|Protein-Energy Requirements of Developing Countries: Evaluation of New Data (UNU, 1981, 268 p.)|
Precise estimation of the amount of protein that human populations require is too complex and too general a problem to be defined, much less accomplished, with our present understanding of human nutrition. The more specific problem of how to estimate the needs of a specific fraction of a specific population for protein derived from a diet of known composition is, however, a problem that can be explored.
From a statistical point of view there are four distinct steps to reach such an estimate:
a. measurement of the nitrogen content of a sample;
b. determination of the nitrogen balance of an individual receiving a constant dietary intake;
c. estimation of the response of an individual to varying levels of a specific protein;
d. estimation of the fraction of a population that would be in positive nitrogen balance at various levels of a specific protein.
In order to interpret the data presented at this workshop, it is necessary to consider the uncertainties at each of these steps.
1. Measurement of Nitrogen Content
Determining the nitrogen content of a sample is a complex procedure, with various potential sources of error. The uncertainty of the resultant value of nitrogen content can be considered to be composed of two different types of error. The first is the error of the method itself as carried out by a specific laboratory. This can be estimated by the reproducibility of results within a laboratory; results run one time can be compared with results run at another time. Second, methods may differ, and laboratories need to be compared with each other to see whether different results indicate different phenomena or just different procedures.
2. Determination of Nitrogen Balance
Nitrogen balance is defined as the difference between nitrogen intake and output. Nitrogen output is, in turn, calculated as the sum of the nitrogen contained in urine and faeces and that of miscellaneous losses, primarily sweat, all usually expressed as per kilogram of body weight:
Nbal = IN-(UN + FN + MN)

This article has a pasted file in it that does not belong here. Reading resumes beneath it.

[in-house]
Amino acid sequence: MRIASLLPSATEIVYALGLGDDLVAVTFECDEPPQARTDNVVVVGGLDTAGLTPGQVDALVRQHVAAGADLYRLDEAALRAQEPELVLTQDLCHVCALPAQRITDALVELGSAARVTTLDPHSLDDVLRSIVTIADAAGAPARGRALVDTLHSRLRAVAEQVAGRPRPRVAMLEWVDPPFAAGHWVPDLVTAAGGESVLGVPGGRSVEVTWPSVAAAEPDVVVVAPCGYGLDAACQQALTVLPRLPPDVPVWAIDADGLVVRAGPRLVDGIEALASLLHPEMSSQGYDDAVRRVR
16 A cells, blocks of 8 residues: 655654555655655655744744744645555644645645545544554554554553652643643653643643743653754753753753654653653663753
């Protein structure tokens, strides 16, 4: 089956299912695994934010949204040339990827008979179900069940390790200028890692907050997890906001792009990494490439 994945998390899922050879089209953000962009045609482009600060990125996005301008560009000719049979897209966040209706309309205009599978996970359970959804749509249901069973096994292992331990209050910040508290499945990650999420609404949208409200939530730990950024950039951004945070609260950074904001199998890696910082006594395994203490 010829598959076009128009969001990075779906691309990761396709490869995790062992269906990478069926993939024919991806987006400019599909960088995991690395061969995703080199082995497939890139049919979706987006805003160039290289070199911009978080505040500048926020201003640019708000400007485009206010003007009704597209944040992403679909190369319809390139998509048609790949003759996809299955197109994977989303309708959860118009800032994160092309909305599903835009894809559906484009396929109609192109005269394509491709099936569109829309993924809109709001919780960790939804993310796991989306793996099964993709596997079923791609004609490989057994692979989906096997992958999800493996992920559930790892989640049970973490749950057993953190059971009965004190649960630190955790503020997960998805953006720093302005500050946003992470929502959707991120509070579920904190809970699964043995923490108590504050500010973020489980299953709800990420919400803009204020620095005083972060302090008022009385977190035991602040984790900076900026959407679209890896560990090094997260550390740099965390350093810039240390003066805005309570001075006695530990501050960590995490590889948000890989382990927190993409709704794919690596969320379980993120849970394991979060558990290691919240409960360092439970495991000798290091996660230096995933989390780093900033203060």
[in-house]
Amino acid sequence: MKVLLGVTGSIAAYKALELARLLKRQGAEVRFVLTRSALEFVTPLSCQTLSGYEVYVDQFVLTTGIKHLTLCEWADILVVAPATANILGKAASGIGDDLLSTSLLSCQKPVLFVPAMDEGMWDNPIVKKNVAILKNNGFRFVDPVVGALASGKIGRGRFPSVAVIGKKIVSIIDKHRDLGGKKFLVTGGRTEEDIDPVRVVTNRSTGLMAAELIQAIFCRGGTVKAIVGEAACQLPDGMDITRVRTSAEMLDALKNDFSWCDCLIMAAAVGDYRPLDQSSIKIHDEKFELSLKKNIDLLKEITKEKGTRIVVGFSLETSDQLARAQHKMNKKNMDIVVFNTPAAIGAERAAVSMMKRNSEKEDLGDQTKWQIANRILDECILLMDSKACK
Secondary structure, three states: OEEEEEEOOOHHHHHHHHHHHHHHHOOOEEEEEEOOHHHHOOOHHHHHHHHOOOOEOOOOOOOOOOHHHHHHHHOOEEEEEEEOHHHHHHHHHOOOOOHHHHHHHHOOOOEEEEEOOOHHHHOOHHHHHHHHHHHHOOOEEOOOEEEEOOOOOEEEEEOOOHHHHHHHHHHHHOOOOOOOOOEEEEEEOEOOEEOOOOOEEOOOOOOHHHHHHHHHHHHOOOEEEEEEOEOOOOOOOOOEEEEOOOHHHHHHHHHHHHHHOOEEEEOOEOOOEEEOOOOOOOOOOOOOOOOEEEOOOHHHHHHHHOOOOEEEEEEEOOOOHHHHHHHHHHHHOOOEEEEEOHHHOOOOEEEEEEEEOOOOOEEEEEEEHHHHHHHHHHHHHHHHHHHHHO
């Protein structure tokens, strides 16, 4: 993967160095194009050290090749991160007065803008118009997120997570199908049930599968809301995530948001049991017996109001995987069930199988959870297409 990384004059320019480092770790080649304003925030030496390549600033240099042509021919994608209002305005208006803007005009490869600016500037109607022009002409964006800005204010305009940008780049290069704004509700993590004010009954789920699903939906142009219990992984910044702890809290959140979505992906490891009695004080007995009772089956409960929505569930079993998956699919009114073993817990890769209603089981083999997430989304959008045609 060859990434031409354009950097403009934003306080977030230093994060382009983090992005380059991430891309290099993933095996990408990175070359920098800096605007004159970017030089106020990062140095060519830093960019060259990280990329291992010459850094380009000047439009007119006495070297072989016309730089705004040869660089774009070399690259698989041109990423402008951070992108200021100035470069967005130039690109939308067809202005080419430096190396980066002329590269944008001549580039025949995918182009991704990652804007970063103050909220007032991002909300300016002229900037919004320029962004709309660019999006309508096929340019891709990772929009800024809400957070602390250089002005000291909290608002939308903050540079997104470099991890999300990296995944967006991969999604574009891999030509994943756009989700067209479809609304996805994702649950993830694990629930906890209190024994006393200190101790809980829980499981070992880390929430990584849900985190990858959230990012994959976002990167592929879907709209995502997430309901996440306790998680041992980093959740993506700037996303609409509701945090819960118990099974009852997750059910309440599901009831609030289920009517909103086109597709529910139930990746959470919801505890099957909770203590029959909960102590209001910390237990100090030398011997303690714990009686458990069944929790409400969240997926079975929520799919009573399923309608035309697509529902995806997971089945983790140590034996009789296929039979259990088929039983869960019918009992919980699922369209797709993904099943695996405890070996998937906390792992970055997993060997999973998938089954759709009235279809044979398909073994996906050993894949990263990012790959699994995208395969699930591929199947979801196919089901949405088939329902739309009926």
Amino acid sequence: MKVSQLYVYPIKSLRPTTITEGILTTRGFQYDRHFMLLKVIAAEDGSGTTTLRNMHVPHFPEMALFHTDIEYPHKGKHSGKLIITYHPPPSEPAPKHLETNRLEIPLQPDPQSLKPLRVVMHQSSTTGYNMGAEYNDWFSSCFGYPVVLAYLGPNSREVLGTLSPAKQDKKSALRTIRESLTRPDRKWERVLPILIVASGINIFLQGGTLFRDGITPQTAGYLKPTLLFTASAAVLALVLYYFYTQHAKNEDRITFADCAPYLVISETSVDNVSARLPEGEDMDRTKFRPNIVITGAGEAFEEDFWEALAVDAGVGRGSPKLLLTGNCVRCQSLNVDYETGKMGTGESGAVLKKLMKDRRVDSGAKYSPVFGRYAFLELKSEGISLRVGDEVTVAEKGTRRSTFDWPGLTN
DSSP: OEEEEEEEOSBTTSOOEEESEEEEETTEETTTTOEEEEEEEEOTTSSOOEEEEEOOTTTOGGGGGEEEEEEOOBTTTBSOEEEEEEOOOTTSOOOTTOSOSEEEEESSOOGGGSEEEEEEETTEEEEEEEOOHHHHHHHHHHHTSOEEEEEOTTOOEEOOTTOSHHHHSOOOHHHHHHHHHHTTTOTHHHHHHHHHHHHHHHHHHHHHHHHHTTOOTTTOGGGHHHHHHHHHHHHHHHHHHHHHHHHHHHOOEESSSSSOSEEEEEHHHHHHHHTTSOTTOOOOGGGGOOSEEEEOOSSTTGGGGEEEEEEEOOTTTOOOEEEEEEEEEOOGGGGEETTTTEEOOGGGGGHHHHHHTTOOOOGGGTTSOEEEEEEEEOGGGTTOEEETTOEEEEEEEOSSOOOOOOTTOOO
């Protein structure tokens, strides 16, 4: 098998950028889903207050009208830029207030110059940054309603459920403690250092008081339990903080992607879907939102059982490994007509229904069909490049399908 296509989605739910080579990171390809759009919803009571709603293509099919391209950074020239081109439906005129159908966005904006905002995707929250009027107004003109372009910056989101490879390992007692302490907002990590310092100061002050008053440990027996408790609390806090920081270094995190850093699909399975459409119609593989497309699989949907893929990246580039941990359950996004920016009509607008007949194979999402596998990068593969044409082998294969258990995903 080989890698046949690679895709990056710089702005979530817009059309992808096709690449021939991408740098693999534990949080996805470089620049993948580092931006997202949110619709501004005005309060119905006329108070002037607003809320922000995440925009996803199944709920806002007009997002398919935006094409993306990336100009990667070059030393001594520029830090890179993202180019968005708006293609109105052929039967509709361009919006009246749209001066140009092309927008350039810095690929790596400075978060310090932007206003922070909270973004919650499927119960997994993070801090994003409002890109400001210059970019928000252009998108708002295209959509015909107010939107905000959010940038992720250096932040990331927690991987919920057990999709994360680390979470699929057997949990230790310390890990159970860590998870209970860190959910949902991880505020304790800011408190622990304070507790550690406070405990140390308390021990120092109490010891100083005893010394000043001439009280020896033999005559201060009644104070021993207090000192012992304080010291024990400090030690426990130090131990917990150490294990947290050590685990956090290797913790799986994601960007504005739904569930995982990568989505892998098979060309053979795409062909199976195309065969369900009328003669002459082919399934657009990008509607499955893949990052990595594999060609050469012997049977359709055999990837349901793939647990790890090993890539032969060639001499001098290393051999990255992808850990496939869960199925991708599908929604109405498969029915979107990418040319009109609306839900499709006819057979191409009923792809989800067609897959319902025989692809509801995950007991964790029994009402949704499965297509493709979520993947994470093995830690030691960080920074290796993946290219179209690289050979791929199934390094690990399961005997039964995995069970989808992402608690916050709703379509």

Since the components of output appear to be uncorrelated, for a constant intake the variances of balance will be simply the sum of the variances of the individual quantities.
V (Nbal) = V (iN) + V (UN) + V (FN) + V (MN)
The observed variability of balance data can be usefully partitioned into measurement error (mentioned above) and inherent biological variability. The day-to-day variability of nitrogen balance has been explored by us using long-term studies of individuals fed a constant intake of protein. Most importantly, we found no pattern of variability over time. Other investigators have suggested the existence of longterm cycles in the data (i.e., that urinary nitrogen losses are serially correlated); however, we are unable to reproduce these findings.
Since many of the data regarding the response to constant levels of nitrogen intake are taken from experiments in which the individual changed from one level or pattern of nitrogen intake to another, the short-term adaptation period is very important. Our investigations, which are consistent with those of other workers in the field, suggest that within five to seven days individuals reach a steady state, or at least a state that cannot be discriminated from a new steady state.
3. Individual Response
Knowledge of how an individual responds to a single level of intake of a specific protein is only moderately useful-it tells us merely whether that level will or will not fulfil an individual's needs for nitrogen. If, however, an individual's balance is measured at several different levels of intake, these data can be used to describe the individual's general response to that particular protein and permit an estimation of the particular level necessary for that individual.